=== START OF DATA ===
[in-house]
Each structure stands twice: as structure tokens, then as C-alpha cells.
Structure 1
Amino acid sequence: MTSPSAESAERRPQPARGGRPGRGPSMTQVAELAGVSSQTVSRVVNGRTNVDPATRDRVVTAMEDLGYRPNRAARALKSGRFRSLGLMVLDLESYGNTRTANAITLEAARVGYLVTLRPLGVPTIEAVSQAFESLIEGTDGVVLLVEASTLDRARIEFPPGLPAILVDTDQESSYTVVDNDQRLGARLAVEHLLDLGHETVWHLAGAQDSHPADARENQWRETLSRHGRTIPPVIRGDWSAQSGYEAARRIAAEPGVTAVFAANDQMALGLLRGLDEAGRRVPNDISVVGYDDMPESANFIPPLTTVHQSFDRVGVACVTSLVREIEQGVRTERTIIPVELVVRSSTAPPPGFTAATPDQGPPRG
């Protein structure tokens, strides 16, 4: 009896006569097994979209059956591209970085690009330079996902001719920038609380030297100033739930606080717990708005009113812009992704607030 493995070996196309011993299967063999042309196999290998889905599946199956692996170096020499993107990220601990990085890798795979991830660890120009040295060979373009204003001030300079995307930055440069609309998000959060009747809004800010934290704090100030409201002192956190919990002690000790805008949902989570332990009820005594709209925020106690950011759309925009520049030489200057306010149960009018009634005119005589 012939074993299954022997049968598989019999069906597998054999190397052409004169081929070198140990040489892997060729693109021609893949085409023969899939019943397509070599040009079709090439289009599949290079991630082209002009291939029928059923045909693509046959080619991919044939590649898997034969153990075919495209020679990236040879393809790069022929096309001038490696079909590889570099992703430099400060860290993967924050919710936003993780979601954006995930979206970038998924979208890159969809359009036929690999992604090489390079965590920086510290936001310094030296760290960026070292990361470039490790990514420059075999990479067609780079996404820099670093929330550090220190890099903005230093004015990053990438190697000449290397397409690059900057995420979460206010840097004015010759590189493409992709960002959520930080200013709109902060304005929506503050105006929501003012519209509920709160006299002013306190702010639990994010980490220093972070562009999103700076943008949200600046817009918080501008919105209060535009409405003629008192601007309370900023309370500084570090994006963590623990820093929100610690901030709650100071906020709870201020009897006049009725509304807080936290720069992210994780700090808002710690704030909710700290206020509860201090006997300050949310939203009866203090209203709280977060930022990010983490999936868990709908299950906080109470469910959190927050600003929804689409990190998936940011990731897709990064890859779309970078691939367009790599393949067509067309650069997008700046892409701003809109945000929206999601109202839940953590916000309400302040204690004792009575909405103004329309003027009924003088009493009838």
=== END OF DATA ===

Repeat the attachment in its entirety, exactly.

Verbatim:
[in-house]
Each structure stands twice: as structure tokens, then as C-alpha cells.
Structure 1
Amino acid sequence: MTSPSAESAERRPQPARGGRPGRGPSMTQVAELAGVSSQTVSRVVNGRTNVDPATRDRVVTAMEDLGYRPNRAARALKSGRFRSLGLMVLDLESYGNTRTANAITLEAARVGYLVTLRPLGVPTIEAVSQAFESLIEGTDGVVLLVEASTLDRARIEFPPGLPAILVDTDQESSYTVVDNDQRLGARLAVEHLLDLGHETVWHLAGAQDSHPADARENQWRETLSRHGRTIPPVIRGDWSAQSGYEAARRIAAEPGVTAVFAANDQMALGLLRGLDEAGRRVPNDISVVGYDDMPESANFIPPLTTVHQSFDRVGVACVTSLVREIEQGVRTERTIIPVELVVRSSTAPPPGFTAATPDQGPPRG
């Protein structure tokens, strides 16, 4: 009896006569097994979209059956591209970085690009330079996902001719920038609380030297100033739930606080717990708005009113812009992704607030 493995070996196309011993299967063999042309196999290998889905599946199956692996170096020499993107990220601990990085890798795979991830660890120009040295060979373009204003001030300079995307930055440069609309998000959060009747809004800010934290704090100030409201002192956190919990002690000790805008949902989570332990009820005594709209925020106690950011759309925009520049030489200057306010149960009018009634005119005589 012939074993299954022997049968598989019999069906597998054999190397052409004169081929070198140990040489892997060729693109021609893949085409023969899939019943397509070599040009079709090439289009599949290079991630082209002009291939029928059923045909693509046959080619991919044939590649898997034969153990075919495209020679990236040879393809790069022929096309001038490696079909590889570099992703430099400060860290993967924050919710936003993780979601954006995930979206970038998924979208890159969809359009036929690999992604090489390079965590920086510290936001310094030296760290960026070292990361470039490790990514420059075999990479067609780079996404820099670093929330550090220190890099903005230093004015990053990438190697000449290397397409690059900057995420979460206010840097004015010759590189493409992709960002959520930080200013709109902060304005929506503050105006929501003012519209509920709160006299002013306190702010639990994010980490220093972070562009999103700076943008949200600046817009918080501008919105209060535009409405003629008192601007309370900023309370500084570090994006963590623990820093929100610690901030709650100071906020709870201020009897006049009725509304807080936290720069992210994780700090808002710690704030909710700290206020509860201090006997300050949310939203009866203090209203709280977060930022990010983490999936868990709908299950906080109470469910959190927050600003929804689409990190998936940011990731897709990064890859779309970078691939367009790599393949067509067309650069997008700046892409701003809109945000929206999601109202839940953590916000309400302040204690004792009575909405103004329309003027009924003088009493009838």